Two months ago, one of India's selectors, looking ahead to the Australia tour, said: "Zaheer Khan, Sreesanth and Munaf Patel would be a great combination, especially in Perth." None landed up at the WACA and a second-string attack was left to shoulder the burden on a day when the skin threatened to peel off. They didn't just stand up, they soared.
A year back you wouldn't have thought RP Singh would get a Test. Ditto Irfan Pathan, who seemed to have lost his way after a fine arrival. At the same time Ishant Sharma was taking his first steps in domestic cricket. Here they were, like rookies in a bullring, against the most formidable batting line-up. Australia's batsmen probably thought they were facing India's ODI attack - their innings lasted exactly 50 overs.
They bowled as a team. Pathan swung the new ball as superbly as RP Singh swung the old. Ishant didn't just hit the deck, he also straightened the ball off the narrow. Importantly, they held their nerve during a mid-afternoon lashing. They made the batsmen play more often than their Australian counterparts and did better in partnerships. It was the most heartening pace-bowling effort since Nottingham last year, the last time they won a Test overseas. It was Australia's shortest innings since Nottingham two years earlier, the last time they lost a Test.
The game turned on several pivots but it was the half hour either side of lunch that cracked the contest open. India had lost four quick wickets and Australia went back into the dressing room with a spring in their stride. A new opening combination walked in with an air of expectation. Running in from the Marsh-Lillee end, Pathan didn't just swing the ball to get rid of Chris Rogers and Phil Jaques, he changed the momentum.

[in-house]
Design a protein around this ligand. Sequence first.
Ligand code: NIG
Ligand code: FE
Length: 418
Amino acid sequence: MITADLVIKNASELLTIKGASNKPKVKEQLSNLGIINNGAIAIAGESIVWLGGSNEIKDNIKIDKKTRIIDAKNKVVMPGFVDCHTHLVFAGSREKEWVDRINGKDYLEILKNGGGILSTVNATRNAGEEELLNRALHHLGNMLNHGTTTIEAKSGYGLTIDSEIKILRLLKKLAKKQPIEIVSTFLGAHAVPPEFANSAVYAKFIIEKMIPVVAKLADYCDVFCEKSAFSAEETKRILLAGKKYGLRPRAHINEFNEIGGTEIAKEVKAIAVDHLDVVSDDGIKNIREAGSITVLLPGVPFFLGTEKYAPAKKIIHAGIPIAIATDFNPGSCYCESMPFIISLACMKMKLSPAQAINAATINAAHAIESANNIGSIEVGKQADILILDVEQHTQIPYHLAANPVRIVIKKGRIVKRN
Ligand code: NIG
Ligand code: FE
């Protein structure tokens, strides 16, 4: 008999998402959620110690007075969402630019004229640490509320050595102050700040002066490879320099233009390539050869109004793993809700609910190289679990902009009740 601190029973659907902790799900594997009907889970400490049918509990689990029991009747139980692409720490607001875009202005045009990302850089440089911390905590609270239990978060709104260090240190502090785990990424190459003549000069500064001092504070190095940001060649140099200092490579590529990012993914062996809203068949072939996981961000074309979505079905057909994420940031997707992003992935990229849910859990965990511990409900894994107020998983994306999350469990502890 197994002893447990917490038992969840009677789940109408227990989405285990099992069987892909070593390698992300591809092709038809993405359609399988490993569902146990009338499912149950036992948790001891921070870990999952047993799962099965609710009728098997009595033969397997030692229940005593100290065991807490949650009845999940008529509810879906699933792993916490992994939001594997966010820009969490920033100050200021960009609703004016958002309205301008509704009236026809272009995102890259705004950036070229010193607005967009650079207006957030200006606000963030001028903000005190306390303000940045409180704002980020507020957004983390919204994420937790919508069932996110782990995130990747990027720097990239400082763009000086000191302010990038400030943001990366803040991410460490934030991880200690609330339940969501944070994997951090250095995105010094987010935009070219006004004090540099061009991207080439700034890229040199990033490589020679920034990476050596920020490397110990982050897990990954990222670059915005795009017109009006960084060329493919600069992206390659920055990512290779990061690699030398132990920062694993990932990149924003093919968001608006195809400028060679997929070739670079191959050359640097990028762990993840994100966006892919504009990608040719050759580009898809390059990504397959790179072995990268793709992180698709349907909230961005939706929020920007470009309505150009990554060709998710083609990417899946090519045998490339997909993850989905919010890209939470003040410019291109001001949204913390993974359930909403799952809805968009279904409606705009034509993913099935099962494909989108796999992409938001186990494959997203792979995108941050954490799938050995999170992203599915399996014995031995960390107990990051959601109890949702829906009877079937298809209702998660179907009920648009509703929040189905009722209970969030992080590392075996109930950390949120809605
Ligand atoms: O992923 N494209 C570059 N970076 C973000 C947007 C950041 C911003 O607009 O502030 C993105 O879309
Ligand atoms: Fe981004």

Nobody should be surprised with India's young bowlers accepting responsibility readily. Look through the last five years and you have tyro after tyro taking the leap. The problem hasn't been so much about bowlers being intimidated early as about keeping them injury-free. Pathan and L Balaji burst on to the scene sensationally, Sreesanth surprised with seam movement and Munaf with pace. Faisalabad may top a vote among bowlers as the venue to skip but not only did RP Singh debut there, he picked up a Man-of-the-Match award.
Ishant, thrown into the cauldron in Sydney, ended the first day as their most impressive bowler. He ended wicketless but bowled with pace and heart. He showed gumption with the bat, scoring more runs in an innings than he had in his first-class career, and didn't flag through the game. He didn't try anything fancy here, and even showed he possessed the lethal ball that left the right-hander.
Ponting might have received better deliveries in his career but rarely would have been so outfoxed by a 19-year-old. Harbhajan Singh wasn't around but Ishant made sure he did some sort of impersonation of the celebration: running ecstatically towards the dressing-room. "He's learnt which areas one needs to bowl in," Kumble said about Ishant defying expectations. "Look at the way he's bowled in the last two Tests. He's ready to bend his back and looks like he belongs to this arena."
From a purely bowling point of view, this series is pretty neck and neck. Australia have had the more accomplished attack but India's young men have not been cowed down. At the most bowler-friendly surface of the series, they've won the first innings. "They utilised the breeze well," he said, "and bowled with a lot of control. It was commendable to see the way they controlled the swing." RP Singh was asked if he was tempted to pitch the ball short and use the bounce at the WACA to scare the batsmen. His reply came with a smile: "Not really."